I'm pretty sure the only change to the law is that people could no longer hide behind anonymous IP addresses to avoid allegations of infringing. The rest of the law, I assume is the way it's always been. I don't know what the evidentiary standard is to compel the ISP to divulge the names that correspond with the IP address. Masnick left that part out, so I guess the bar is fairly high.

        reply to this | link to this | view in chronology ]

    • identicon
      Anonymous Coward, 2 Jun 2011 @ 8:36am

      Re:

      Allegedly infringing.

      reply to this | link to this | view in chronology ]

    • icon
      The eejit (profile), 2 Jun 2011 @ 8:47am

      Re:

      There was a news story about Google tracking a hack attack to a city in China via IP addresses - they could not get any closer than that. So the idea that an IP address alone is indentifying information on its own merits is at best absurd, and atr worst outright failing to comprehend.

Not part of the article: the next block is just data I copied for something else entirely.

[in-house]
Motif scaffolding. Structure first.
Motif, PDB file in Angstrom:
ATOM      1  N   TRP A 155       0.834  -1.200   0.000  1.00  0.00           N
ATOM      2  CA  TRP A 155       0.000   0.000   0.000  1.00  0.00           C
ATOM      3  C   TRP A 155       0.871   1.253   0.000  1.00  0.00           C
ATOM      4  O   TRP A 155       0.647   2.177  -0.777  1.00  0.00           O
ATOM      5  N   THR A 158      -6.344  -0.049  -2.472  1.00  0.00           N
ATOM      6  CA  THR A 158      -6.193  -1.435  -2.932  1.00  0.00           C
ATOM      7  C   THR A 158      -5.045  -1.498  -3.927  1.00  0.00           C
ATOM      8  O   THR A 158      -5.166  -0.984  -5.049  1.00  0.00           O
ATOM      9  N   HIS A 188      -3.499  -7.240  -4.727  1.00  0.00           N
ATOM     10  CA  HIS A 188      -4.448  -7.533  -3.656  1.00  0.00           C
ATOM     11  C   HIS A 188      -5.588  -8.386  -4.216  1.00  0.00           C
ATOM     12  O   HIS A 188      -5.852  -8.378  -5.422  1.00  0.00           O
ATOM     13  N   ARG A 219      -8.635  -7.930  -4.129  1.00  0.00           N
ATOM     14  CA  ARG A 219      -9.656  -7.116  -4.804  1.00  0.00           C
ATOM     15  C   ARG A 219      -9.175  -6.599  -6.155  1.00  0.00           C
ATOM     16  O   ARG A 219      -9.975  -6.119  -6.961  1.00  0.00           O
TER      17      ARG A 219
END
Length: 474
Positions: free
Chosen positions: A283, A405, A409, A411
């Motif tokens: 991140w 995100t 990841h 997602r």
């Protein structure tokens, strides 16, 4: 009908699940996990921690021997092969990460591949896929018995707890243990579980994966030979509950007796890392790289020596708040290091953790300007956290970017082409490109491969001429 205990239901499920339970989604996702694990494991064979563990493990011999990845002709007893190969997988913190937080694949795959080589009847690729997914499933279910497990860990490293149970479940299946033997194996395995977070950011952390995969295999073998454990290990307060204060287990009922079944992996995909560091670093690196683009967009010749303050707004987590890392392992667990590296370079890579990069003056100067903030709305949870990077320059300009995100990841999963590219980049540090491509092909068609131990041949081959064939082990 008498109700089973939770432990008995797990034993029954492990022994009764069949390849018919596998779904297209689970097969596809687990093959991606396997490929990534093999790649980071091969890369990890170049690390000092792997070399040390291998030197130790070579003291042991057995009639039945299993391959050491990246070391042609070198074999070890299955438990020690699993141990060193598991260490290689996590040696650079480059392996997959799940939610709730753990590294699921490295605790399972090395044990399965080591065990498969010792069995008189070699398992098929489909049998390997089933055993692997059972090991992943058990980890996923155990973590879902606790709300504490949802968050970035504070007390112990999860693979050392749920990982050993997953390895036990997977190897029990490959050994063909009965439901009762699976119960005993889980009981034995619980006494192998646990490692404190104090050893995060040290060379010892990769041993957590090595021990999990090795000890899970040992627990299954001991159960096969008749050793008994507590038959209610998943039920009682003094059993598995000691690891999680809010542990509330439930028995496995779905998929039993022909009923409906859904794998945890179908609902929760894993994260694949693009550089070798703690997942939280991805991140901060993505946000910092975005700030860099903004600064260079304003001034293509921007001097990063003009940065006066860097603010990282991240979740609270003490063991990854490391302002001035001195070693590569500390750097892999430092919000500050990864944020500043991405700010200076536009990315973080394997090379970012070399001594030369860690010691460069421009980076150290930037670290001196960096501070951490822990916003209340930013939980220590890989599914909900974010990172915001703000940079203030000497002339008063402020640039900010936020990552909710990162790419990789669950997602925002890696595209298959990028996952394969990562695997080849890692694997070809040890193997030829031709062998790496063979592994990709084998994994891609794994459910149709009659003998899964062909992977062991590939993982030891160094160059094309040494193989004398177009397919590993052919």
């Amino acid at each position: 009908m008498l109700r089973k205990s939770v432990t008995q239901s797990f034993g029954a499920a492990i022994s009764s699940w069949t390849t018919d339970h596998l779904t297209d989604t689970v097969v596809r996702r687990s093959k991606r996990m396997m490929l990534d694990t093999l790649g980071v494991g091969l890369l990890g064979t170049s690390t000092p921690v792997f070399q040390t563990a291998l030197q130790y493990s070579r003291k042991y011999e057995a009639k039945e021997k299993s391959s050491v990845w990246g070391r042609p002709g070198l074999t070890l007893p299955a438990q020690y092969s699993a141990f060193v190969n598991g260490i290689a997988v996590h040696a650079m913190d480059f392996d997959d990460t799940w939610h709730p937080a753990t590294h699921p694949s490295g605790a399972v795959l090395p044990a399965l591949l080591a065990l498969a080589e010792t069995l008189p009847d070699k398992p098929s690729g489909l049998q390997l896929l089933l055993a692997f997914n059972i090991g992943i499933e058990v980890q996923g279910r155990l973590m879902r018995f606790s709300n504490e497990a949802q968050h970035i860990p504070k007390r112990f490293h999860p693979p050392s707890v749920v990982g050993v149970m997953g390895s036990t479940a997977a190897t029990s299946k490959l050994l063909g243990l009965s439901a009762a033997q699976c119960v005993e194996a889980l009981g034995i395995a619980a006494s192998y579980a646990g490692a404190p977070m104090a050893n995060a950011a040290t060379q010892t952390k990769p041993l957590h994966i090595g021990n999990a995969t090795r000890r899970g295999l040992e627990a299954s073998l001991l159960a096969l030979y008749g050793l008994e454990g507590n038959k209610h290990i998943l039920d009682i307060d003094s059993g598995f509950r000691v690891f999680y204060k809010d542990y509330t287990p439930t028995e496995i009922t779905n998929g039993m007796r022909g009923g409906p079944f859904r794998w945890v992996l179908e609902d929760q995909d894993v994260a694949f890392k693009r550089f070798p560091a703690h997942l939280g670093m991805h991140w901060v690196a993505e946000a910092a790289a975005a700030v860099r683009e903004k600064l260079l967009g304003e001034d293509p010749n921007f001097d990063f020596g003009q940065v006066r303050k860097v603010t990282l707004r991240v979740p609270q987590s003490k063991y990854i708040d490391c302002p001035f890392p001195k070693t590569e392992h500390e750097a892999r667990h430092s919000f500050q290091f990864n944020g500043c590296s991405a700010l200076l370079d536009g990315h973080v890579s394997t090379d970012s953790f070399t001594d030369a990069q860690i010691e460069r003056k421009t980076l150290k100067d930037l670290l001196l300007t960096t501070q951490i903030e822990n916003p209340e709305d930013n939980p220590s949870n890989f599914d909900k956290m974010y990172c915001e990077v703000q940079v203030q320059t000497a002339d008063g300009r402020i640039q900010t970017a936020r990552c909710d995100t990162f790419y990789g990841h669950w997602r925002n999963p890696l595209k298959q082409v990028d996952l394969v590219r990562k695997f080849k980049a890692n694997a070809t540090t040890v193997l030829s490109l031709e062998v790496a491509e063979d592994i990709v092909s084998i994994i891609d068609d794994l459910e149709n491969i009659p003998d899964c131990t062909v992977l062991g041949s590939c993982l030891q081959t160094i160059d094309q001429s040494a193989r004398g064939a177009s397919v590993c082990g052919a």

reply to this | link to this | view in chronology ]

    • identicon
      MrWilson, 2 Jun 2011 @ 9:08am

      Re:

      "revealing the names of people who are infringing rather than continuing to hide behind an anonymous IP address."

      IP addresses do not correspond to a single individual, much less prove who perpetrated the copyright infringement. The names being offered up aren't proof of infringement so revealing the names is merely opening many people (many of whom likely did not infringe) to facing a choice between paying for a lawyer or paying to make the threats go away. Either way, people who have not done anything wrong are being forced to spend money they shouldn't have to spend.

      reply to this | link to this | view in chronology ]

      • identicon
        Anonymous Coward, 2 Jun 2011 @ 9:30am

        Re: Re:

        This is small claims court stuff. I don't know whether Germany has them, I assume so but in the US this is small claims and you don't need a lawyer. The likelihood is far greater that they did infringe. And those that didn't can come and explain themselves. That's how the legal system has worked for generations. I get that you don't like it when it inhibits your freeloading. Tough luck.

        reply to this | link to this | view in chronology ]

    • icon
      Mike Masnick (profile), 2 Jun 2011 @ 10:14am

      Re: